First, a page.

This story has two beginnings. The first originates as many American immigrant stories start, with the desire for a better life. In 1850, John Phillip Nelson sold his soap and candle business, converted all of his worldly possessions into gold, and packed up his family onto the Helena Sloman bound from Germany to America. The crossing was vicious and many people lost their lives in the stormy seas, including John Phillip Nelson, who left his fifteen-year-old son, Charles Nelson, as the head of the penniless family in a new country.
Fortunately, Charles proved to be incredibly resourceful. By his early twenties, Charles had moved from a candle and soap maker, then butcher and grocer, to the owner of the 5th registered distillery in Tennessee. By 1885, Charles was selling over 380 000 gallons of whiskey, which, to put that into perspective, is approximately 16.5 times the amount of whiskey Jack Daniels was producing at the time. They became the largest distillery in the state, produced over 30 labels and were one of the first to individually bottle and sell their product. Even when Charles passed away, his wife Louisa continued to run the business with great success for eighteen years before the blade of prohibition came crashing down on American alcohol production.
The second beginning starts more innocuously, with a family road trip to a butcher shop nearly one hundred years later. Charlie and Andy Nelson were on a short trip with their father through rural Tennessee when they stopped for gas and came upon a historical marker that read Nelson Distillery. To their surprise, they learned that their great-great-great granddad Charles Nelson had founded a popular distillery and that its original location was just across the street from the butcher. They explored the intact facilities and drank clear water from the fresh spring that once fed the distillery’s operations. And just like that, their destiny was sealed – they would revive their great-great-great granddad’s Greenbrier distillery.
Both philosophy majors, Charlie and Andy had very literally no idea how to begin and run a distillery, so they divided the tasks and settled into what would become years of hard work and vigorous research in order to educate themselves. Charlie became the de facto historian, searching through archives until he found original labels, advertisements and even original Charles Nelson’s bourbon recipes garnered from old newspaper articles. Andy tackled the difficult and often temperamental art of distilling, first through self-education and later under the two-week crash course mentorship of Maker’s Mark retired distiller Dave Pickerell. Andy learned that true Tennessee Whiskey must be barrel aged, that the use of a sugar charcoal filter imparts a smoother, more mellow flavor, and that Charles Nelson’s whiskeys were wheated, a characteristic that makes their whiskey unique in the state of Tennessee.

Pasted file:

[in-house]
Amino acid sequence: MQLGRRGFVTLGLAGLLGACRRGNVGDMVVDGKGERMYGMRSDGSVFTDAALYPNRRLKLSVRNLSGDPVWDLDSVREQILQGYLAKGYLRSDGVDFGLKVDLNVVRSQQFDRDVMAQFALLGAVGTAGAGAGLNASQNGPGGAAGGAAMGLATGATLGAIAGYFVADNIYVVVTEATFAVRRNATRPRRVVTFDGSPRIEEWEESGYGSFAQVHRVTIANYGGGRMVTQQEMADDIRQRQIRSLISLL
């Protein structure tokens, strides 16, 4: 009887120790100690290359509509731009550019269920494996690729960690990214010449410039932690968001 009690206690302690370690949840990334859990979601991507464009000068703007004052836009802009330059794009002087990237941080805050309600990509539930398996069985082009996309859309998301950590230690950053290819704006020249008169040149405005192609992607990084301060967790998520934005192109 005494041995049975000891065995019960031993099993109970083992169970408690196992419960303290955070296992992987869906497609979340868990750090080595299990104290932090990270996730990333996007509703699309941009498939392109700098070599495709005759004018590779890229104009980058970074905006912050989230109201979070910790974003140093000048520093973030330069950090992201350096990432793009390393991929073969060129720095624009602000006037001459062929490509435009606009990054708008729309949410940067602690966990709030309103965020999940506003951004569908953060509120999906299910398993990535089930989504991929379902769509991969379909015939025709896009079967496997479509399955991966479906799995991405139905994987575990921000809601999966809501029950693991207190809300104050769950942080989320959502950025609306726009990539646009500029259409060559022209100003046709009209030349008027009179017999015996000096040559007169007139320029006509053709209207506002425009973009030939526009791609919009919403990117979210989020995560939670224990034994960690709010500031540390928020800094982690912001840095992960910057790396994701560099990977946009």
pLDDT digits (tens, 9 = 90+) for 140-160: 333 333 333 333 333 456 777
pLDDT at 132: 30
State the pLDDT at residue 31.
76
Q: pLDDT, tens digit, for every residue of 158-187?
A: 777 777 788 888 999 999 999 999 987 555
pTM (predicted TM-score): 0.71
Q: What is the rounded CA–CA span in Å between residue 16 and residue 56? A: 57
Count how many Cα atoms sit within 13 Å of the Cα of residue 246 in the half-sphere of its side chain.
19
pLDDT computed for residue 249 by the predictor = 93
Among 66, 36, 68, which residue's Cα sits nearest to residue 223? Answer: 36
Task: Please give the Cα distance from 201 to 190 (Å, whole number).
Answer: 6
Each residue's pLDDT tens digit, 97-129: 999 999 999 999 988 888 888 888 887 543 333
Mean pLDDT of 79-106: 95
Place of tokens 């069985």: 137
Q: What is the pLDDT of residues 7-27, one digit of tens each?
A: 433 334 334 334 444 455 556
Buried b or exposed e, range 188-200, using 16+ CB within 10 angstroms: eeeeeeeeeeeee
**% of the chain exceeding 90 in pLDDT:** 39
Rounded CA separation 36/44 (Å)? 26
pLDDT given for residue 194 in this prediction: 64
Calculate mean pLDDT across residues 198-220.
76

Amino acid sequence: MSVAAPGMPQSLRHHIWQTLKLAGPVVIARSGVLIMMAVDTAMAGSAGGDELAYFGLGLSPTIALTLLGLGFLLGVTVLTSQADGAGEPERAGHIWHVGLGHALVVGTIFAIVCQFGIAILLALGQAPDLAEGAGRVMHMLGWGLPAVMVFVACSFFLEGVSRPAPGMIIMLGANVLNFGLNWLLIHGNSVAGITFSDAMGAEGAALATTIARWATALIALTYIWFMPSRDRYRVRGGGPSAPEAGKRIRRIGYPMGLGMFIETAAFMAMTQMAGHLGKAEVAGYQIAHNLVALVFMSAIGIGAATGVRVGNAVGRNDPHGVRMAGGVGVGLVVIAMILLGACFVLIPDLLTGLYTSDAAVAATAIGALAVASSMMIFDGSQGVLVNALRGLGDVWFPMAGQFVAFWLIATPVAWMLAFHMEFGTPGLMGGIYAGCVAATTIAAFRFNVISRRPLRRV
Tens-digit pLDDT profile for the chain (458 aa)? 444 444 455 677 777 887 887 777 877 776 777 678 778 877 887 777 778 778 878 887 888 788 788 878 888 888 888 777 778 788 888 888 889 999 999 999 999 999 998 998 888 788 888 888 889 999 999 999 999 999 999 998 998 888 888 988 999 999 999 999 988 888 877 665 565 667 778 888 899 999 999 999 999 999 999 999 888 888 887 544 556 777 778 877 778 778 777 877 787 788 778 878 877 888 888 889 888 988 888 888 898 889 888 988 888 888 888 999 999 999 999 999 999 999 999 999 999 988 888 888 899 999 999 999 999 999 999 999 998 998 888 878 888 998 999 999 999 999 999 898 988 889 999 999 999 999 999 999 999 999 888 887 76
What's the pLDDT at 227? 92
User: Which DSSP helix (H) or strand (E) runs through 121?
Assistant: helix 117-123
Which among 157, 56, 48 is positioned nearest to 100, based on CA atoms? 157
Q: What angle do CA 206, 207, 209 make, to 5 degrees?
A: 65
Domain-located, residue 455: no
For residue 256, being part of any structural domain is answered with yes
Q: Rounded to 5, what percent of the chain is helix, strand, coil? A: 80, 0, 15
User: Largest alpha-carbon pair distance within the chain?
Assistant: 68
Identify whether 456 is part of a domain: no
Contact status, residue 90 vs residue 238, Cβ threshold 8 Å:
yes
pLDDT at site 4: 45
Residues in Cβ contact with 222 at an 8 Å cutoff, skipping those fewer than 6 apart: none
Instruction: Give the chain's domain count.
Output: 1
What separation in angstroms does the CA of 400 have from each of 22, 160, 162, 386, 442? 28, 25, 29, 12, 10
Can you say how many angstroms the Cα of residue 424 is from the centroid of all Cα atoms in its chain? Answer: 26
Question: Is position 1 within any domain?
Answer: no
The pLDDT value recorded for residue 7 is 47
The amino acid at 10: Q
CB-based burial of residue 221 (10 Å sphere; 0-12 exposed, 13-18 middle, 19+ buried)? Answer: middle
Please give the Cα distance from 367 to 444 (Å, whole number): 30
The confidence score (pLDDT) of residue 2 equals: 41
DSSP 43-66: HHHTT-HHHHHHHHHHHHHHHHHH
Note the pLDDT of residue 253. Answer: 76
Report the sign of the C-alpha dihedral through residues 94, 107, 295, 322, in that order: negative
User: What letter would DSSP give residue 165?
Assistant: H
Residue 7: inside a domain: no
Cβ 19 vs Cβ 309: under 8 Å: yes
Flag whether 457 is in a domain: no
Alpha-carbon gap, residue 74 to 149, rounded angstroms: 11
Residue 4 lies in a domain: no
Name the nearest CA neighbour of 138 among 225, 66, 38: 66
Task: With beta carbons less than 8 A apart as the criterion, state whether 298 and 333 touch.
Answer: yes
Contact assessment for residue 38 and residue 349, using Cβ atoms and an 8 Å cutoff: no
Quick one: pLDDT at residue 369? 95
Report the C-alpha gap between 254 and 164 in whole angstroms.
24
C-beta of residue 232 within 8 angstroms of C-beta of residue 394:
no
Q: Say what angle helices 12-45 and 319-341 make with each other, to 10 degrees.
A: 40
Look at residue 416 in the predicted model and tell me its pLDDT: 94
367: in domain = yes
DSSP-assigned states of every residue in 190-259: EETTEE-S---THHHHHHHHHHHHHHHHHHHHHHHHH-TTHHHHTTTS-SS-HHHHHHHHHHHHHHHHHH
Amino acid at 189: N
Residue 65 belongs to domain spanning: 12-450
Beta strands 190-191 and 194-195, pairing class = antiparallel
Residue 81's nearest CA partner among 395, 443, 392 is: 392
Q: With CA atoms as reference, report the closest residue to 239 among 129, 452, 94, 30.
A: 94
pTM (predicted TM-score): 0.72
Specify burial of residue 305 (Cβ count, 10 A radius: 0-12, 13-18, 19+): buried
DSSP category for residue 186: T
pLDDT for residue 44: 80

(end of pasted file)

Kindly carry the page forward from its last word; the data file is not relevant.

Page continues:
Though the story is a gold mine of historical intrigue and emotional connections, investors were reticent and it took the brothers over nine years of dedication and patience, living at home with their parents and binging on PB & J sandwiches, to find the resources to turn their dream into reality. Now, Nelson’s Green Brier Distillery has a home. The completely refurbished interior is part museum, part functioning distillery and part sophisticated urbane hang out. In fact, the place is so beautiful that they utilize some of the space to lease out for weddings and events. They also conduct tours and tastings every Tuesday-Saturday from 12pm – 5pm every hour on the hour and we highly recommend that you take one if you find yourself in Nashville.
The Belle Meade Bourbon was their first product, decided upon because historically, it was made in conjunction with another company and in the beginning, Charlie and Andy simply did not have the funds to make whiskey with their own equipment. Now, the distillery produces Belle Meade Bourbon, Tennessee White Whiskey (Belle’s favorite), and Sherry Cask Finished Bourbon.
In the future, the brothers hope to revitalize the original site of Nelson’s Greenbrier distillery and use the current building for experimental distilling and tours. While the current production is approximately three barrels of whiskey per day, by the end of next year they should be up to three shifts a day, resulting in four and a half barrel capabilities. This makes sense given the enormous growth the company has undergone in the last few years, with a growing distribution that includes most of the southeast, Illinois, and California, and multiple accolades from international whiskey competitions such as the San Francisco World Spirits Competition.
There are many reasons to patronize Nelson’s Green Brier Distillery – the history, the clean, mellow flavor of the true Tennessee whiskies, or even the beauty of the packaging – but we love this whiskey business because it epitomizes family. Both mom and dad are at the distillery weekly, helping out with the books or anything that needs fixing, both brothers, so contradictory in personality, work together in tandem to resurrect their great-great-great-grandad’s company and even the cat, Sugar Maple Brix Nelson, contributes between long naps by keeping the mouse population at bay. Drinking their whiskey is appeals to the gut through its flavor, the heart through its familial dedication and the head through its century long history.